MBA Asks FHFA to Align Actions on Climate Change with Core Principles

The Mortgage Bankers Association recommended the Federal Housing Finance Agency align its actions on climate change and natural disaster risks with a set of core principles to reduce risk.

The Apr. 19 letter to FHFA Director Mark Calabria outlines seven principles MBA believes would reduce externalities that are a product of under-insured risks.

“FHFA should align with other regulators whenever appropriate to do so, but also recognize the unique business models of their regulated entities and work with them to foster a common approach for real estate finance markets,” wrote MBA President & CEO Robert Broeksmit, CMB. “FHFA should also work closely with the government housing agencies to pursue a common approach on mortgage-specific topics. At a macro level, recognizing that addressing climate risk more broadly will take a whole-of-government approach, FHFA should leverage the work of other agencies to the maximum extent possible.”

The letter comes in response to a January FHFA Request for Information on climate and natural disaster risk management at the regulated. The RFI asked for feedback on the potential for increasing climate and natural disaster risk to impact its regulated entities and the broader real estate finance system.

The MBA letter said FHFA’s focus on climate change and natural disaster risk is timely, noting the frequency and severity of hurricanes, flooding and wildfires have increased over the past several decades. Broeksmit noted MBA and its members are focused on the potential for direct losses from natural disasters and climate risks, for changing operational requirements for firms and the industry, for potential transitions for existing businesses and markets and for potential changes to regulatory requirements that would impact real estate and real estate finance markets.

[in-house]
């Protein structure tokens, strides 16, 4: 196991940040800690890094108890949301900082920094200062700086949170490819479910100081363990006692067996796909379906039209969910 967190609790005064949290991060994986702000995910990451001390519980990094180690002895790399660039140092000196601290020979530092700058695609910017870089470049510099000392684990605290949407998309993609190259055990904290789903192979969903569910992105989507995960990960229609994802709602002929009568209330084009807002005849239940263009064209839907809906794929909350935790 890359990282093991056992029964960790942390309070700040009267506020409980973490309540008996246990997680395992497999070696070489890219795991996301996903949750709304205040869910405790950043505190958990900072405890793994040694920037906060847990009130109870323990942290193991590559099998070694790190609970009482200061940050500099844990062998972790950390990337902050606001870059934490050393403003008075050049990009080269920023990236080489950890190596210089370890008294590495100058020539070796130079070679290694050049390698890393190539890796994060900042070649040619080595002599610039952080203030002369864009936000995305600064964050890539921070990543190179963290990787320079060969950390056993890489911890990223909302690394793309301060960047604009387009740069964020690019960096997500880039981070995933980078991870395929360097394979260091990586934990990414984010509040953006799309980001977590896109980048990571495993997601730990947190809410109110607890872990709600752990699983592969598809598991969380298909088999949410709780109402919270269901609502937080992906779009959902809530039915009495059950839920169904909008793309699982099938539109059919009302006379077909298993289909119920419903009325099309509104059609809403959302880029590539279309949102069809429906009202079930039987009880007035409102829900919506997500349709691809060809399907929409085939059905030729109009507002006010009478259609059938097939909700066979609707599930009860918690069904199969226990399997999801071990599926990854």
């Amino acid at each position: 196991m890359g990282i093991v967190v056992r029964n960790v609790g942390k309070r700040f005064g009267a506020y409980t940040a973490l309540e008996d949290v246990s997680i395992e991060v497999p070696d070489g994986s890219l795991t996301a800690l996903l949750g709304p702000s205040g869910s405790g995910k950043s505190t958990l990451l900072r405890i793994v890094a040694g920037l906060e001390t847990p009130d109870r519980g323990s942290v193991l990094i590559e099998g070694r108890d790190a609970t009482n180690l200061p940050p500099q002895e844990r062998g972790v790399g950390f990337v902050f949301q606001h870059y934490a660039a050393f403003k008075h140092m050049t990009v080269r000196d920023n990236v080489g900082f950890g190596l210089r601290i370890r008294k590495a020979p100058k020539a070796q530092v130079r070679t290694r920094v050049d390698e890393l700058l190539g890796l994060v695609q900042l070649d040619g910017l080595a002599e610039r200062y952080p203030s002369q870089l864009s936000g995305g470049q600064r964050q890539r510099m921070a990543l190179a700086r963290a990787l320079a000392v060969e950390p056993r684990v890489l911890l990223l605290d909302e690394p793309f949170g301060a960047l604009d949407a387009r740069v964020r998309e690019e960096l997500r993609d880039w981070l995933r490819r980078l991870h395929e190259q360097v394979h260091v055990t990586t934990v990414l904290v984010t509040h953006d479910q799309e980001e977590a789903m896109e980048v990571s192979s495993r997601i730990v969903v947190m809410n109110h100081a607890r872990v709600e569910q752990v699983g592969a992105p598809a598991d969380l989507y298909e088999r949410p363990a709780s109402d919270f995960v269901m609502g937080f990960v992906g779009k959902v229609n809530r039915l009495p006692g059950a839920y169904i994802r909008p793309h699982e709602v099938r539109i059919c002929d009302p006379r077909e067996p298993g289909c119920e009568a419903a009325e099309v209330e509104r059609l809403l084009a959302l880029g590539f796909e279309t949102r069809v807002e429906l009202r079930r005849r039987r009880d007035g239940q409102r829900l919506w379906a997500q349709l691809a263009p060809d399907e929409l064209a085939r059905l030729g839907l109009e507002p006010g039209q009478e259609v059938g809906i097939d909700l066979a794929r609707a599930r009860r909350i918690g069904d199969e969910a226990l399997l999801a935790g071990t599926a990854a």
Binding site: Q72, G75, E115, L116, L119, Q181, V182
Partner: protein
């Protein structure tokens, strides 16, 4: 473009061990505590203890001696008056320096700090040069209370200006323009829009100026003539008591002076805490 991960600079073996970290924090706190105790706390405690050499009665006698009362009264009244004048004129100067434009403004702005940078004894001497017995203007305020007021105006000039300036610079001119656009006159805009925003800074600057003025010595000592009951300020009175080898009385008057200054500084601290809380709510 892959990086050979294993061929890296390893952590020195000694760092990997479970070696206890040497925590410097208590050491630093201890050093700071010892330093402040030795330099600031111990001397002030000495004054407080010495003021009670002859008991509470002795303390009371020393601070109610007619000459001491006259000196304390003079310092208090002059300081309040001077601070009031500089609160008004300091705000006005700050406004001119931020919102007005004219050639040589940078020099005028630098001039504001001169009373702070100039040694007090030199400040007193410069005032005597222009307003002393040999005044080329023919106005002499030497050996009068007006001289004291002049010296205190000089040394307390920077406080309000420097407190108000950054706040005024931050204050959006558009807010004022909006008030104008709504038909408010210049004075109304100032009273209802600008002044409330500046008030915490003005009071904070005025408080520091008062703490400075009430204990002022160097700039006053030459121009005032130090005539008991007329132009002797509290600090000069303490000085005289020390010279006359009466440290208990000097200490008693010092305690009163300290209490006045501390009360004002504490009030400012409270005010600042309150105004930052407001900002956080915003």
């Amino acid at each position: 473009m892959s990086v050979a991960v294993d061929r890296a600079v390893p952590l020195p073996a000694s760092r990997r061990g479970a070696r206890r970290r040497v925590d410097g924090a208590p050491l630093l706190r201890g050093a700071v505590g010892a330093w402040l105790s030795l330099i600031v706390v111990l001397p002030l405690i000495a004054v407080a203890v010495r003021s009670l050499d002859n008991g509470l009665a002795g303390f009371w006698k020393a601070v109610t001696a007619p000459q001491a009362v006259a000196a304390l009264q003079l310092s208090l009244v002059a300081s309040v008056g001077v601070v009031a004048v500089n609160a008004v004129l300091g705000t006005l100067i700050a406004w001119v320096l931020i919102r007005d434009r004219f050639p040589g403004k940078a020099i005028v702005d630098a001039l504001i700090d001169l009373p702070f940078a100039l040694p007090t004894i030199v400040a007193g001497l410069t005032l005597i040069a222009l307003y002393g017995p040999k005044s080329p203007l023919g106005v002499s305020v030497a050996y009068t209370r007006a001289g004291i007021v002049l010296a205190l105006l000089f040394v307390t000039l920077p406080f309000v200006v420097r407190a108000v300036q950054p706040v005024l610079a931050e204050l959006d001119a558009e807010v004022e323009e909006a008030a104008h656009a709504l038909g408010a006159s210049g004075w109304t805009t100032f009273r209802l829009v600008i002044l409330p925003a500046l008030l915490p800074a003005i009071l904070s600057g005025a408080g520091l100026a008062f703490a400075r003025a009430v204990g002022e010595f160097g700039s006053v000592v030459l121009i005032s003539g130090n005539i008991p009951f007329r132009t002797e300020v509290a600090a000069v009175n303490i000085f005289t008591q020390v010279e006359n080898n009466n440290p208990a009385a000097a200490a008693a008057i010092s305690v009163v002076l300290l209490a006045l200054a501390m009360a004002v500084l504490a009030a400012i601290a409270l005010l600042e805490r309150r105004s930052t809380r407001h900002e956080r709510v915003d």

“Direct physical risks are not the only changes for which firms must prepare; they also must prepare for changes that may arise as individuals, companies, investors and governments globally are responding to climate and rising natural disaster risk in multiple ways,” MBA said. “Some are taking specific actions to reduce their own carbon emissions or shift activities in ways that could directly mitigate climate risk. Others are working to put in place restrictions, regulations, requirements, or other guideposts that would push other actors within the economy to make such changes. By fostering market and other transitions, these actions have the potential to lead to losses or raise costs for lenders, servicers, insurers, and investors active in real estate finance.”

MBA encouraged FHFA to align its actions on climate change and natural disaster risks with a set of core principles, including the following:

1. Recognize FHFA’s specific role with respect to climate-change and natural disaster policy responses, consistent with FHFA’s statutory mission and authorities.

2. Leverage existing FHFA supervisory processes and practices.

3. Leverage the regulated entities’ existing risk-management systems, processes and governance.

4. Employ a principles-based rather than a prescriptive approach, leaving room for flexibility, tailoring and innovation.

5. Leverage and harmonize FHFA’s approach to climate change and natural disaster risk with the actions of other financial institution supervisors.

6. Establish national standards for the regulated entities’ climate-related mortgage risks to avoid inconsistent regulation at the state level.

7. Be mindful of any conflicts or tradeoffs between the regulated entities’ need to manage climate change and natural disaster risks and to fulfill their charter mandates.

“While this effort presents new challenges, MBA believes that the responses can be usefully implemented within the existing risk management practices of the regulated entities, and the existing supervisory practices of FHFA,” MBA said. “Ongoing focus on developing robust servicing procedures to help borrowers and the system be more resilient following a crisis will be critically important. Efforts to continue to re-evaluate underwriting and other credit risk management practices in the presence of changing economic and other conditions will be necessary. MBA’s view is that these are evolutionary rather than revolutionary changes in risk management.”